Content marketing covers a huge range of activities. The scope of your efforts can quickly get overwhelming and leave you with a lot of questions about how to actually make your marketing worth your while.
Which is why I’m excited to roll out the first post in this new series. My goal is to help you tackle that feeling of overwhelm and give you a simple, straightforward answer that allows you to move forward where you currently feel uncertain.
I invite you to send me the questions you have around:
- Inbound marketing
- Social media
- Email marketing
- Project management
- Freelancing or entrepreneurship
- Strategy and creative development
…or whatever it is that’s on your mind as an advisor or business owner who wants to start growing influence and gaining clients.
I’ll answer your question directly in a mailbag-style post so you can stop feeling stuck and start taking action.
To kick off this series, I pulled together two questions around social media from advisors running their own financial planning firms. First, we’ll look at what metrics around your social media marketing are important to track (and why). Then, we’ll talk a little about how to start using Facebook ads in a manageable, cost-effective way.
Question: I’m curious as to what social media stats you think are important to track, if any.
I’ve heard you talk about engagement being more important than the amount of followers, but I guess I’m looking for more detail on the type of engagement I should prioritize. Likes, shares, messages? All of the above?
— Brian Thompson, JD, CFP® and founder of Brian Thompson Financial
Answer: When it comes to social media metrics, I tend to track followers month to month so I can see a basic trend over time. I don’t put too much store by the actual number, but what I want to see is the follower count growing over time.
If it stagnates, that indicates that I need to start poking around to understand what’s going on. Why isn’t growth happening?
If it drops, that’s a big red flag. What have I done to actively turn people away? Something is seriously wrong if people are making the effort to unfollow, unlike, and get away from a social media profile!
(A common exception: if you make a pivot of some kind and rebrand yourself. You may see an initial drop-off as people who followed your old brand don’t find your new content relevant, but it should be temporary. The trend should start going up again as a new audience connects and resonates with your new brand.)
As far as specific measures of engagement, I think clickthroughs on your calls to action are the most important.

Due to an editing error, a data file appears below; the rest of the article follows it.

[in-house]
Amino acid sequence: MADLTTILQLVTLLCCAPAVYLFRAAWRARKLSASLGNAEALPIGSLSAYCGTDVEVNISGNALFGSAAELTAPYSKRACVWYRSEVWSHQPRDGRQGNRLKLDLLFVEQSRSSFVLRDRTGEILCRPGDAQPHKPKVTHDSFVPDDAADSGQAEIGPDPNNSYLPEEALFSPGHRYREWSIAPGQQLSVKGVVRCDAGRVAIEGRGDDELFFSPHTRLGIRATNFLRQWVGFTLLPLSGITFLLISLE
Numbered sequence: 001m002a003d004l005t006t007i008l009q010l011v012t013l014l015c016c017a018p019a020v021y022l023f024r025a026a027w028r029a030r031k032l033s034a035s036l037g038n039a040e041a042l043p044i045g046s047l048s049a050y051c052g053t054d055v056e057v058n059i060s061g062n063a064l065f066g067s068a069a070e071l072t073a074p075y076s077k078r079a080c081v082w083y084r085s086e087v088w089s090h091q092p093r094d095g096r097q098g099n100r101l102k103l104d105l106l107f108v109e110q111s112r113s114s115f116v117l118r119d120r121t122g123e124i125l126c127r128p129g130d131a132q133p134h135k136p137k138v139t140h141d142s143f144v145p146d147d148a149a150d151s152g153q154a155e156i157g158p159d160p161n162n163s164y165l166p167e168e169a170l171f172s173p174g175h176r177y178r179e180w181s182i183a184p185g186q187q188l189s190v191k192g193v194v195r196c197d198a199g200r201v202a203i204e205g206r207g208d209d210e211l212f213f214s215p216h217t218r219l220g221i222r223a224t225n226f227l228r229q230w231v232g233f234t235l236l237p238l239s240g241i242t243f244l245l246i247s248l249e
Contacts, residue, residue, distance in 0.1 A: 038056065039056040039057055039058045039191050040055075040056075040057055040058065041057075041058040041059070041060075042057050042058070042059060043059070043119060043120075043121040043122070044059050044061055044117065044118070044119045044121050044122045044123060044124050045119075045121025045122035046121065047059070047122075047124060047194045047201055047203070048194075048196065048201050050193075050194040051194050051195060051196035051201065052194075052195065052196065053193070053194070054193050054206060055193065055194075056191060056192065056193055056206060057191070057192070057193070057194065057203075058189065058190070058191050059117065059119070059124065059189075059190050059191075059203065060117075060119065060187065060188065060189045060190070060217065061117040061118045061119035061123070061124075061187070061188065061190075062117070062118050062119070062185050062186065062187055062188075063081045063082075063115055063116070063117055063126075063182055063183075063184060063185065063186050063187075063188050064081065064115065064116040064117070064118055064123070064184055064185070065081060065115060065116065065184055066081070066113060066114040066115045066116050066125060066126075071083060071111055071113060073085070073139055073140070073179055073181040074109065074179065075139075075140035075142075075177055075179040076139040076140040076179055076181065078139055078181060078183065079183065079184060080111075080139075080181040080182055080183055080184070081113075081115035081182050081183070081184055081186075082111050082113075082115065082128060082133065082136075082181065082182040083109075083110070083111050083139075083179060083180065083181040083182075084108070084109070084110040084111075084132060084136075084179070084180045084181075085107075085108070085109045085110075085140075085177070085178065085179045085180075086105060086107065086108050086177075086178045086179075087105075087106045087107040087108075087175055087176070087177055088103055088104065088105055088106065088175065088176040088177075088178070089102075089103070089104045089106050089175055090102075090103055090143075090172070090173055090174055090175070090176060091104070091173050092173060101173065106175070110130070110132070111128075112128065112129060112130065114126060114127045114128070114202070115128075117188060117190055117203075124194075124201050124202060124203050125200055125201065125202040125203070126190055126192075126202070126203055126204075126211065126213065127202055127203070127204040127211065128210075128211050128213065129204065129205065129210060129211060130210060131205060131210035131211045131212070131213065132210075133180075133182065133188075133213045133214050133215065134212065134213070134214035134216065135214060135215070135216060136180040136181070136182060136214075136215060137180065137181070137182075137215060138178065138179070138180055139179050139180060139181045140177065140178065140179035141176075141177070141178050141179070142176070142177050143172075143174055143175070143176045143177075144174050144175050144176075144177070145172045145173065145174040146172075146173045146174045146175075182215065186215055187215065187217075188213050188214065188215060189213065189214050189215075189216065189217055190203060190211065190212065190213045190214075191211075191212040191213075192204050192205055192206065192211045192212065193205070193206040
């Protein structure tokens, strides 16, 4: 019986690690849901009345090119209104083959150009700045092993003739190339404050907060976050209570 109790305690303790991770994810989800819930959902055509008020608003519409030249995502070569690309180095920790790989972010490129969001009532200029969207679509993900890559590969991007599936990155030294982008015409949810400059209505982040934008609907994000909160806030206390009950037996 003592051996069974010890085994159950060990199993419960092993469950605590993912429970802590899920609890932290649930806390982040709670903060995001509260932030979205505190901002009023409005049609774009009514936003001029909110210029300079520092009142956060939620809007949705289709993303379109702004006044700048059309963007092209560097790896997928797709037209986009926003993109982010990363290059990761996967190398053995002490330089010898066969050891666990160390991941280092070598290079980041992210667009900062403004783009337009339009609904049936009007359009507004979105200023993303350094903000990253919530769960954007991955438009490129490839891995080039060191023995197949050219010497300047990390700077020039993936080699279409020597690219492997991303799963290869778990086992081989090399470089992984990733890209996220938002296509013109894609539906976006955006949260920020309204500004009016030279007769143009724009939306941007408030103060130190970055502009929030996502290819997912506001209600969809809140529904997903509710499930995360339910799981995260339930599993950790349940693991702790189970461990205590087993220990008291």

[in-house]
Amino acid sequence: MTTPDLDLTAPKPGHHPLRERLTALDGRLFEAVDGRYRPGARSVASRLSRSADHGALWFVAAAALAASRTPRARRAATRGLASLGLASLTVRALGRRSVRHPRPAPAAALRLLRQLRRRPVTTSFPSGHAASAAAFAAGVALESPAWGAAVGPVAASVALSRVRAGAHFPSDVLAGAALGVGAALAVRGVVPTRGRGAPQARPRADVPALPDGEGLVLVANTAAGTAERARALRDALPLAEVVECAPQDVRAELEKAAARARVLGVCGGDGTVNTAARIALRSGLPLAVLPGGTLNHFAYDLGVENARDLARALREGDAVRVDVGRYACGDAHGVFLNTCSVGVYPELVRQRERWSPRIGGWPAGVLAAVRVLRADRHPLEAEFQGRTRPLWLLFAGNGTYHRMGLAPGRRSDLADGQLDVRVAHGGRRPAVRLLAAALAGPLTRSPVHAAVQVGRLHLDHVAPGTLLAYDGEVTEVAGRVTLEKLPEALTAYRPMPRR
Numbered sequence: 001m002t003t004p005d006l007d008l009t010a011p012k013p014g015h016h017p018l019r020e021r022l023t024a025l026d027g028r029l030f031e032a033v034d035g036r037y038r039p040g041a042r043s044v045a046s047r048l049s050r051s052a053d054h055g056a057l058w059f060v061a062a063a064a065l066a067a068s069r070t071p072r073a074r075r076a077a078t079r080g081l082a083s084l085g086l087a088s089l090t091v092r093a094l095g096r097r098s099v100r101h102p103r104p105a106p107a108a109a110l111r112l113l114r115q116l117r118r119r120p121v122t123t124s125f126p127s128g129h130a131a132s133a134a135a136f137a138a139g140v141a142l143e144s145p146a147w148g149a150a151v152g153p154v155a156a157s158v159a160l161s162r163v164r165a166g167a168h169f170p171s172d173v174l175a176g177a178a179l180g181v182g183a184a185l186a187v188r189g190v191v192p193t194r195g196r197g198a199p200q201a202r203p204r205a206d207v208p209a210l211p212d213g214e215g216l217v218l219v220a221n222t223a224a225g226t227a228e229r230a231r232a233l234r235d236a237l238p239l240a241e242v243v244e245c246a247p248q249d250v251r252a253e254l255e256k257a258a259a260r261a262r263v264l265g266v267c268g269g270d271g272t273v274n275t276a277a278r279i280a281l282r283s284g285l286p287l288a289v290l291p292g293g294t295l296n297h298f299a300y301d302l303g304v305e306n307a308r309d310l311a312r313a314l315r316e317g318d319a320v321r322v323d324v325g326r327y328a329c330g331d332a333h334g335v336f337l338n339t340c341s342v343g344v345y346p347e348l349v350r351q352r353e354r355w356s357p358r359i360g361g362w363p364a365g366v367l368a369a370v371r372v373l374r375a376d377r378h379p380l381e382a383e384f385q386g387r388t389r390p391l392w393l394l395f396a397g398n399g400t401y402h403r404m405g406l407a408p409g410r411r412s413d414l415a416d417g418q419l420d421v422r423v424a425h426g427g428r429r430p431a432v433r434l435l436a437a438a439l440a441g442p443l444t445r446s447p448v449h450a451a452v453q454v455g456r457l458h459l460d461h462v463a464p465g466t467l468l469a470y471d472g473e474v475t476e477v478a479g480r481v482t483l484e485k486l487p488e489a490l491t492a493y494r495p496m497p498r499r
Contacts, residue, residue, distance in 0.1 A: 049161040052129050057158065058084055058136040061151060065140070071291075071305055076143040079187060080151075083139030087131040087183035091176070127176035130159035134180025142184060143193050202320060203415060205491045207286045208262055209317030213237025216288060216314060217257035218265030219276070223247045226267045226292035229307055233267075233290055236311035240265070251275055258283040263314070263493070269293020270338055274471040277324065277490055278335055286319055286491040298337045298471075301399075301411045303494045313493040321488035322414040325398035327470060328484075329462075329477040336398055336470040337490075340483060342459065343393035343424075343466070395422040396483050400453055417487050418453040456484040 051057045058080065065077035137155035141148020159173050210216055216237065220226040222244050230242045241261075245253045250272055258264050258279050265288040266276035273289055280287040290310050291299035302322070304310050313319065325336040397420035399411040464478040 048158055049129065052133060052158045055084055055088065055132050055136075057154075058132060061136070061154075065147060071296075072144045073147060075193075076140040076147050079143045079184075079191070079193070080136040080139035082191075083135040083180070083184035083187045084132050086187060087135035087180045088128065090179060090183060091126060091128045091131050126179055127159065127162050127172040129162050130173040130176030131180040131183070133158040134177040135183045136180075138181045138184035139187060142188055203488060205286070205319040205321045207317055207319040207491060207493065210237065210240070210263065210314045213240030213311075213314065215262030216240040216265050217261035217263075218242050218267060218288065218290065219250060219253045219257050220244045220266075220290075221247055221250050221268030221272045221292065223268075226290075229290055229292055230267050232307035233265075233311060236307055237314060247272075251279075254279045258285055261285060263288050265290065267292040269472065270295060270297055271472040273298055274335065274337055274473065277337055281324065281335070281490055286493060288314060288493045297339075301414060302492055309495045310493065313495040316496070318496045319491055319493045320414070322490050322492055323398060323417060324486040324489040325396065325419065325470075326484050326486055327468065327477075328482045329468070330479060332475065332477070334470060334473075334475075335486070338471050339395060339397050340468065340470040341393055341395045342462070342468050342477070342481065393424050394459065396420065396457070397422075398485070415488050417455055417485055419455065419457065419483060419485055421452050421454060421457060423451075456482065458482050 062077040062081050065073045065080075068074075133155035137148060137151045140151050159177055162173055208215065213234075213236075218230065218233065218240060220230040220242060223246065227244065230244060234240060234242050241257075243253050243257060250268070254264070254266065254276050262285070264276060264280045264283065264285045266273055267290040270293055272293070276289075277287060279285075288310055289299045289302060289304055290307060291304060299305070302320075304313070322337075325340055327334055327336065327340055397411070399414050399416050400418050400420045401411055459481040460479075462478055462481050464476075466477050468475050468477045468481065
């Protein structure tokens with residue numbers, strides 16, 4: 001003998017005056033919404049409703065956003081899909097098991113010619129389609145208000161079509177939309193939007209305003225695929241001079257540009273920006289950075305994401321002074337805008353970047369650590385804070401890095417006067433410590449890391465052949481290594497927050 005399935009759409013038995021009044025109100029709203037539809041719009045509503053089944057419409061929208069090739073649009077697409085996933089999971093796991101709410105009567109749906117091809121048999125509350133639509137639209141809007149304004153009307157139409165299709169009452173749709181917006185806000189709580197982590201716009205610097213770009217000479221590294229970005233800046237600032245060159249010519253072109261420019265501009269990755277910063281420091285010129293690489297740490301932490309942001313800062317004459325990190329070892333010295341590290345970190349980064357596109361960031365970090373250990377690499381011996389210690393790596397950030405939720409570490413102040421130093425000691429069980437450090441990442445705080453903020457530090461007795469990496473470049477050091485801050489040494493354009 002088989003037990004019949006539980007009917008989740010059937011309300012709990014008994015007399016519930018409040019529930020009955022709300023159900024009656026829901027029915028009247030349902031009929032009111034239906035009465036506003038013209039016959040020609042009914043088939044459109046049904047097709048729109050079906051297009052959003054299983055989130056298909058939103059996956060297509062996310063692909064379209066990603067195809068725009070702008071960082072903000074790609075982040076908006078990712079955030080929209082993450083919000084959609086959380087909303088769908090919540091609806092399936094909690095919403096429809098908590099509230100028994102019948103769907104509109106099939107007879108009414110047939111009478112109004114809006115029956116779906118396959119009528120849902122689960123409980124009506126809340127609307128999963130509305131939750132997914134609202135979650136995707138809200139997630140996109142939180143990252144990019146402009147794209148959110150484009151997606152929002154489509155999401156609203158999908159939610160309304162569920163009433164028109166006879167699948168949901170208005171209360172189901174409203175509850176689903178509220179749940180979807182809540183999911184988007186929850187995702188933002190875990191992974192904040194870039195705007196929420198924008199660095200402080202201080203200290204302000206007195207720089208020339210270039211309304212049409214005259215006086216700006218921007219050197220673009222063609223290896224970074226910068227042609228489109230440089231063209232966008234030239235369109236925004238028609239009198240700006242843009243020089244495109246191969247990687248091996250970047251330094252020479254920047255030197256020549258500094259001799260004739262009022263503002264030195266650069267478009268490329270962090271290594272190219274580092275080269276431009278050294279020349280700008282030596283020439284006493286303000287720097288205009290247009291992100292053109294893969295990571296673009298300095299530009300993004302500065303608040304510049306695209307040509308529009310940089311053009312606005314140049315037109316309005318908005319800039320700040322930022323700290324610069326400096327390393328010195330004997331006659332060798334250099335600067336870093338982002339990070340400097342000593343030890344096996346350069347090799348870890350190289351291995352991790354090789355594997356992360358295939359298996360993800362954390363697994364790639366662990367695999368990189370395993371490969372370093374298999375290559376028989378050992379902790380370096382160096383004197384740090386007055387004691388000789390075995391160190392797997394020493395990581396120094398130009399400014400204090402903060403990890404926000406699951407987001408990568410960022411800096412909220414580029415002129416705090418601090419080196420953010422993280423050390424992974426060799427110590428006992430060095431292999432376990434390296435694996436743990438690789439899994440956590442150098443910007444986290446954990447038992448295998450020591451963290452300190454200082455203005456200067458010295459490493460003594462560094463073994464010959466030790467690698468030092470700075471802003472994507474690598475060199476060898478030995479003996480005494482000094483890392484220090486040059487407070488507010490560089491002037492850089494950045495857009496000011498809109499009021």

Let’s say your firm’s Facebook page has 100 people who like it. You may publish a post and get 0 likes on it. But what if 10 people clicked through to the link on your site that you shared in the post?
If this was the case, people are engaged — just not in a publicly visible way. This is why it’s important to use links you can track, like bit.ly links.
And keep in mind, when thinking about metrics around engagement, the amount of people who “like” your page will impact how much activity a typical post sees. This can also indicate the quality of your audience.
Again, assuming you have a small following, getting a handful of likes or a share or two on every post is big! You have a great ratio between your total audience and the ones who are engaged.
But let’s say you have 1,000 Facebook page likes, and you struggle to earn a like or two on any post you publish. This indicates a problem, because your audience as a whole isn’t caring about what you have to say.
Beyond setting up trackable links in your CTAs, I would look at likes, retweets, shares, and comments. By tracking this activity, you start seeing what posts generate interest and attention and which consistently fail to earn any engagement.
Again, look for trends and patterns. If you can see that short, tweet-sized posts on Facebook regularly get less activity than longer, more thorough posts, you can start phasing the ineffective post type out of your rotation.
You also want to look at times that posts do well, and then schedule future content to go out on those days/times that are most optimized for your audience.
All social media platforms have their own analytics dashboards, so you can start there to evaluate your current picture. Then choose the metrics that are most important to you, based on your goals.
Ultimately, there’s a reason you’re on social media. Identify why, and then set goals that align with that. From there, understanding what metrics to track and care about should become easier.
Question: I’ve seen consultants using Facebook Ads to drive business. How can advisors use this deliberately and cost-effectively?
— Dave Grant, CFP® and founder of Retirement Matters, Inc.
Answer: I love this question, because I think getting a handle on Facebook’s paid advertising platform is growing increasingly important for everyone.
Nearly every target market is on Facebook. Getting active here makes sense for almost any business, including financial advisory firms.
The problem is, even the best organic content struggles to perform well thanks to the algorithms social media networks use to decide what appears in a user’s feed.